36. Macfarlane PM, Satriotomo I, Windelborn JA, Mitchell GS (2009) NADPH oxidase activity is necessary for acute intermittent hypoxia-induced phrenic long-term facilitation. J Physiol 587:1931–1942PubMedCrossRefPubMedCentralGoogle Scholar
  37. Macfarlane PM, Vinit S, Mitchell GS (2011) Serotonin 2A and 2B receptor-induced phrenic motor facilitation: differential requirement for spinal NADPH oxidase activity. Neuroscience 178:45–55PubMedCrossRefPubMedCentralGoogle Scholar
  38. Mahamed S, Mitchell GS (2007) Is there a link between intermittent hypoxia-induced respiratory plasticity and obstructive sleep apnoea? Exp Physiol 92:27–37PubMedCrossRefGoogle Scholar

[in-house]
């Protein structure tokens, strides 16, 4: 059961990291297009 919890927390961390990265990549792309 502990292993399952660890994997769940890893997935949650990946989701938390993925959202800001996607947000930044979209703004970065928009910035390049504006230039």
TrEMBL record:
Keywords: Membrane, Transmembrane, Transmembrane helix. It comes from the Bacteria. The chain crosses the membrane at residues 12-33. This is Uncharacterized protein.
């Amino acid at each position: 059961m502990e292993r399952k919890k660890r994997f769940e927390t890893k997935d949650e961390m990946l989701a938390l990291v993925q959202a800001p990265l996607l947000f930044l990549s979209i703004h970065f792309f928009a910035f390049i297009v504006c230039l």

39. Mahamed S, Mitchell GS (2008a) Respiratory long-term facilitation: too much or too little of a good thing? Adv Exp Med Biol 605:224–227PubMedCrossRefGoogle Scholar
  40. Mahamed S, Mitchell GS (2008b) Simulated apnoeas induce serotonin-dependent respiratory long-term facilitation in rats. J Physiol 586:2171–2181PubMedCrossRefPubMedCentralGoogle Scholar
  41. Mateika JH, Narwani G (2009) Intermittent hypoxia and respiratory plasticity in humans and other animals: does exposure to intermittent hypoxia promote or mitigate sleep apnoea? Exp Physiol 94:279–296PubMedCrossRefPubMedCentralGoogle Scholar
  42. Mateika JH, Sandhu KS (2011) Experimental protocols and preparations to study respiratory long term facilitation. Respir Physiol Neurobiol 176:1–11PubMedCrossRefPubMedCentralGoogle Scholar
  43. Mccrimmon DR, Mitchell GS, Alheid GF (2008) Overview: the neurochemistry of respiratory control. Respir Physiol Neurobiol 164:1–2PubMedCrossRefPubMedCentralGoogle Scholar